Christiansen says he wants to make this a boat for Alutiiq people now, not just recreate a relic from the past.

“To be building one, it’s just an amazing journey for me to see this thing come to life. You know, I don’t want to be the only one who makes one of these. Ten years down the road, I want to see everyone building them,” says Christiansen.

He says he hopes people will even race angyaqs.

But first, they need to find a place for this one.  Alisha Drabek was the Executive Director at the Alutiiq Museum until her recent resignation. She says the museum will exhibit the boat in front of the Afognak Native Corporation building for its 20th anniversary, which will be on May 13 between 5 and 9 p.m. They'll then look for a permanent space. Drabek says she’s proud to be able to showcase the boat.

“They’re living the culture,” says Drabek. “They’re not doing this as part of a museum project. They’re doing it out of their hearts.”

Christiansen and his team are excited to see their work on display later this month. And eventually they hope to test out an anyaq in the waves around Kodiak.

---

Since this first aired on AK last Friday, May 1st, it has been brought to our attention that there have been several other angyaqs built in other areas, such as Prince William Sound. Professor Sven Haakanson from the Burke Museum in Seattle says this is the first full-sized model to be built by Alutiiq people on Kodiak Island.
 
May 06 2015
First Cruise Ship of Season Arrives in Kodiak PDF Print E-mail
Wednesday, 06 May 2015
russian_traditions_tour_pic.jpgA picture of tourists receiving food as part of the Russian Traditions tour in Kodiak. Kayla Desroches/KMXT

Kayla Desroches/KMXT

Yesterday morning, the first cruise ship of the season docked in Kodiak and tourists flocked to the nearest attractions. Alaska draws tourists from all over the world with its scenery, its hikes, and its wildlife, but also with its media coverage.

When asked why they came, Margaret and Phil Sparks from the north of England said they wanted to see the Alaska from TV with their own eyes. They say there are a couple of shows that are especially popular.

“The program that everyone seems to see is Deadliest Catch,” says Margaret Sparks. “That’s the one that everyone sees at home and those and obviously there’s the ice-road truckers and all those different kinds of programs.

“I think everyone thinks it’s very snowy, cold, bleak - that’s the sort of impression that everyone gets, and everyone’s a fishermen, but then of course it’s the wildlife side of things. There’s the bears, the birds, and all the different sea life.”

Another tourist who had traveled from Florida with his wife says he spent a few years in Russia working abroad in the Foreign Service. John Tool says he is especially interested in the Russian occupation part of Alaska history.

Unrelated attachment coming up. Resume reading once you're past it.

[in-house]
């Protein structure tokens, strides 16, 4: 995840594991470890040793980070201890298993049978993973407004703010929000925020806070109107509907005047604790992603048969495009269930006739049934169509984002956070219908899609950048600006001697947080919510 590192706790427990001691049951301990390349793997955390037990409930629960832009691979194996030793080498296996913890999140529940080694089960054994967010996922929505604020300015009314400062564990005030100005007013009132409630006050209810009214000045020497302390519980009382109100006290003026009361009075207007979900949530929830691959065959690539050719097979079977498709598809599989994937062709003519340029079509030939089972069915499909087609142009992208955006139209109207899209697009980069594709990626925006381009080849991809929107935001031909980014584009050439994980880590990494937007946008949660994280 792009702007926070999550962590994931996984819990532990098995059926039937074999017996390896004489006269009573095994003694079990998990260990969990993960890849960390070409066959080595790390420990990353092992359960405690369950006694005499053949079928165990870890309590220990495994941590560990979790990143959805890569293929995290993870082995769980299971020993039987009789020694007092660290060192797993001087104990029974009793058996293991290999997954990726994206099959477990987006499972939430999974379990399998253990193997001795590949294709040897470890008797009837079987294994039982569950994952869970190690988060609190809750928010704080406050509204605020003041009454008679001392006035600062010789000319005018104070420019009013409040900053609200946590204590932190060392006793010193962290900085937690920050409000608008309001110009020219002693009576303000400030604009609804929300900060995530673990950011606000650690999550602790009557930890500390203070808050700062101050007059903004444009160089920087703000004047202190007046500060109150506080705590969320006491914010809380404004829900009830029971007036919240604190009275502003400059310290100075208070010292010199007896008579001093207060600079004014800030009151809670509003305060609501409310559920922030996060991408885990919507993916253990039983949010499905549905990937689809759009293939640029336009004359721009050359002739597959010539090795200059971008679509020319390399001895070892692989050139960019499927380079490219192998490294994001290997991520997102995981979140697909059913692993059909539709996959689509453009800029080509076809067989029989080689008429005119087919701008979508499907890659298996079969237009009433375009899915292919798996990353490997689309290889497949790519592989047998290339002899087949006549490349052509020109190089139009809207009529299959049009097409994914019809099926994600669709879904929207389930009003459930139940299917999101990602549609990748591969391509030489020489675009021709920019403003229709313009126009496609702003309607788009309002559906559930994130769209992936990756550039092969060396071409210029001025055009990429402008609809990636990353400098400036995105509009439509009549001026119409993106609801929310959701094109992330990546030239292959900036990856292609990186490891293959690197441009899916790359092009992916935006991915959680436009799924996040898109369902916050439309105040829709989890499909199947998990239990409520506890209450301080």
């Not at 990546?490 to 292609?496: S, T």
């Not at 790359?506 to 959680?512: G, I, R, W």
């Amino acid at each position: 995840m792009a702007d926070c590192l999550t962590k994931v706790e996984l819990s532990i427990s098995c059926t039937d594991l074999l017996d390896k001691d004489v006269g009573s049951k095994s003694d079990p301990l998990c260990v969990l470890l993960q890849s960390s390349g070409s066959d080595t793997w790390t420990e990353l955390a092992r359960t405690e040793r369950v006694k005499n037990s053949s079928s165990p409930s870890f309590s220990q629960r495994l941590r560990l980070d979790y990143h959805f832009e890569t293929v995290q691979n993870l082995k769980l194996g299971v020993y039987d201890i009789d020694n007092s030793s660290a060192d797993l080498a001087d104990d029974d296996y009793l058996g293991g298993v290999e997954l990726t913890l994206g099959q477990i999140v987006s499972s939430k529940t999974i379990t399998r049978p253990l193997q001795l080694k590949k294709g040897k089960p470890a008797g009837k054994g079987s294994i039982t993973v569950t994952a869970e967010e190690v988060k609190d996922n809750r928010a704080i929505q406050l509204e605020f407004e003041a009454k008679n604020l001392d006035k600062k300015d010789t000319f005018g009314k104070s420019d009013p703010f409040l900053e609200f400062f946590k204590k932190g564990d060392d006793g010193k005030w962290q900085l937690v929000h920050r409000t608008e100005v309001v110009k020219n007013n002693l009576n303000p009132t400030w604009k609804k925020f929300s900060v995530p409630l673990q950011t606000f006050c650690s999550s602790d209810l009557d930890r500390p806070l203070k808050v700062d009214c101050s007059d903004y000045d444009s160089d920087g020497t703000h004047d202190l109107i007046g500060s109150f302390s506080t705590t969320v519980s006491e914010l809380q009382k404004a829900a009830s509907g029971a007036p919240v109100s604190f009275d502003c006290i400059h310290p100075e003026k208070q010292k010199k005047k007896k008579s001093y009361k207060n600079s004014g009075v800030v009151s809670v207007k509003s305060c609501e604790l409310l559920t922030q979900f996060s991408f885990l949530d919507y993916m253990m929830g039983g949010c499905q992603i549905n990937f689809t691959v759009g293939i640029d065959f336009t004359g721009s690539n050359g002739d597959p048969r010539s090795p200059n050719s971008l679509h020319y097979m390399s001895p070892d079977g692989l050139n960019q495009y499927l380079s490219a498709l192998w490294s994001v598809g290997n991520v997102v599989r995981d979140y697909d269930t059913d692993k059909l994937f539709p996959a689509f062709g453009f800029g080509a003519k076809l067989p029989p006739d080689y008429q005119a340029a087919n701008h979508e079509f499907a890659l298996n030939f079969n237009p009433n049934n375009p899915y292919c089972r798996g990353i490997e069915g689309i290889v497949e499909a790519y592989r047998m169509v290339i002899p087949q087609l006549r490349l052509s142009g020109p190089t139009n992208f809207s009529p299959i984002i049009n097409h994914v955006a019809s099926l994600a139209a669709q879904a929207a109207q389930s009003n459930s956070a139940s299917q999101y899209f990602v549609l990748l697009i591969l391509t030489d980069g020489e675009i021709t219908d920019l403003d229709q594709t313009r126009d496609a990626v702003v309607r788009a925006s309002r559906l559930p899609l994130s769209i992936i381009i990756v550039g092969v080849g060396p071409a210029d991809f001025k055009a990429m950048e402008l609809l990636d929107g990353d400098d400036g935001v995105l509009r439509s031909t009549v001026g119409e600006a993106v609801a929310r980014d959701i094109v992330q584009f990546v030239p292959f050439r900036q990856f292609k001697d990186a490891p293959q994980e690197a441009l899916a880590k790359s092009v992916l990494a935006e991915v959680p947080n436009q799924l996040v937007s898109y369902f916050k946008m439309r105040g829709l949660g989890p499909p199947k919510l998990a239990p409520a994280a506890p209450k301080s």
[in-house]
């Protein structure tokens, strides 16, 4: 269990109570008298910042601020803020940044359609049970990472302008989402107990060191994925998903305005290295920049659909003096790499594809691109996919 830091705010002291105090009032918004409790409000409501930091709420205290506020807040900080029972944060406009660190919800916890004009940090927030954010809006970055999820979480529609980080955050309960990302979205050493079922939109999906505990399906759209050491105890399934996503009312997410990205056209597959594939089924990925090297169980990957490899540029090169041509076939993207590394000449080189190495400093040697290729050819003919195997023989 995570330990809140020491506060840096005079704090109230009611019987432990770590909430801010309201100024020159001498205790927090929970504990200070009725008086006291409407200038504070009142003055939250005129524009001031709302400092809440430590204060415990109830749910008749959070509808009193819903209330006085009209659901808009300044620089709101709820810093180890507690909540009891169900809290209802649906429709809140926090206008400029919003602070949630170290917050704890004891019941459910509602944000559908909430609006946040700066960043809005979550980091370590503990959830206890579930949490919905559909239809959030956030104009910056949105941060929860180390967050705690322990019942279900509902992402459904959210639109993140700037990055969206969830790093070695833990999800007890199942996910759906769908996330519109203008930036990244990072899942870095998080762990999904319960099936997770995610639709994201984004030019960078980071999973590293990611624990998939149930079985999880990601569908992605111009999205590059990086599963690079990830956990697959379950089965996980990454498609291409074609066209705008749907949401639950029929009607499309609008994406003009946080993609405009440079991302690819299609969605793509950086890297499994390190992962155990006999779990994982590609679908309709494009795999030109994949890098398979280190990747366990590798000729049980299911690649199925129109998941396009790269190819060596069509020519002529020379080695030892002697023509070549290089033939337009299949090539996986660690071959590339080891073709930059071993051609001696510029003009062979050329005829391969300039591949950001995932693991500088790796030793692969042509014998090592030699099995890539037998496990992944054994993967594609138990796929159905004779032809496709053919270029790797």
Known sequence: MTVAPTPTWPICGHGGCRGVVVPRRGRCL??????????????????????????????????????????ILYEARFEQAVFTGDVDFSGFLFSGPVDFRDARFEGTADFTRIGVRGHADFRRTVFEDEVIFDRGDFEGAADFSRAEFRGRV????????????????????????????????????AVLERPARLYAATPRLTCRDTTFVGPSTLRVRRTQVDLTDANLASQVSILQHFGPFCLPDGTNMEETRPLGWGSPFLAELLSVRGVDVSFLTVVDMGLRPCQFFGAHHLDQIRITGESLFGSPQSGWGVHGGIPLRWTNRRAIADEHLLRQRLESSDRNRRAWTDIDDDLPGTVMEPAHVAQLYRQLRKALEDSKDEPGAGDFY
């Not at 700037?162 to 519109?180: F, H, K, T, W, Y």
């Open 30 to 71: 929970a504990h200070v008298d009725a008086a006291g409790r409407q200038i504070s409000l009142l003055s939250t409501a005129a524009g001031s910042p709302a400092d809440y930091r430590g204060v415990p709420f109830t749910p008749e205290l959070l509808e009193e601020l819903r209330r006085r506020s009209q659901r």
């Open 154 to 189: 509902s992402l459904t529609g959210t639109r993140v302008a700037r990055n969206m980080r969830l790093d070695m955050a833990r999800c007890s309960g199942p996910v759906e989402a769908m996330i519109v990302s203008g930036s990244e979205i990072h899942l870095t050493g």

“You hear about it, you read about it, and you say ‘well I’d like to see what I’ve been reading about.’ In other words, ‘I want to see for myself,” says Tool. “It’s [Kodiak] lightly populated and very large, and being from Texas originally, I can appreciate large.”

Visitors with an interest in Russian culture also had the chance to join the Russian Traditions tour and attend lunch at a Russian tea room at the Marian Center. Kodiak Tours organizer, Dee Ann Valdivia, says she hired caterer Sheri Ewing from Red Hot Cooking.

“She made borscht, piroshkis – kind of like little meat pastries – and Russian tea cakes,” says Valdivia.

Valdivia also booked the Balalaika Players for entertainment. After the lunch, Coleen Lincoln from Australia says she especially liked the farewell song the band performed.

“Oh, I thought it was lovely,” says Lincoln. “It nearly made me cry at the end, I wanted to take them home.”

Valdivia says she’s been doing the tours for about 20 years. And she’ll be doing one again this Saturday for the next cruise ship, which is scheduled to arrive at 10am.
 
May 05 2015
Class Trains Fishermen to be Drill Conductors PDF Print E-mail
Tuesday, 05 May 2015
Kayla Desroches/KMXT

Fishermen who want to be prepared for rough waters, maydays, and emergencies may want to take a two-day course in Kodiak.

Today and Wednesday, the Alaska Marine Safety Education Association will offer free classes to train commercial fishermen as Drill Conductors. This would allow skippers, owners, or crewmembers to conduct the Coast-Guard-required monthly emergency and safety drills aboard their vessels.    

AMSEA Office and Promotions Manager, Jeff Pearson, says it’s vital for drill conductors to have the hands-on experience the course would provide.

“You practice getting into your emergence suit within 60 seconds, you practice launching a life-raft, this class is going to have an in-the-water practice session, where the things that you’ll want to know in an actual emergency, you’re gonna have at least an opportunity to try it and to familiarize yourself with what it is you’re supposed to do,” says Pearson.

Pearson says the classes will meet at the UAF Kodiak Seafood and Marine Science Center and, on Wednesday, go from 8 A.M. to noon. Those who attend the course will get a Drill Conductor Card that shows the person has completed the USCG training requirements.

Go to www.amsea.org to learn more.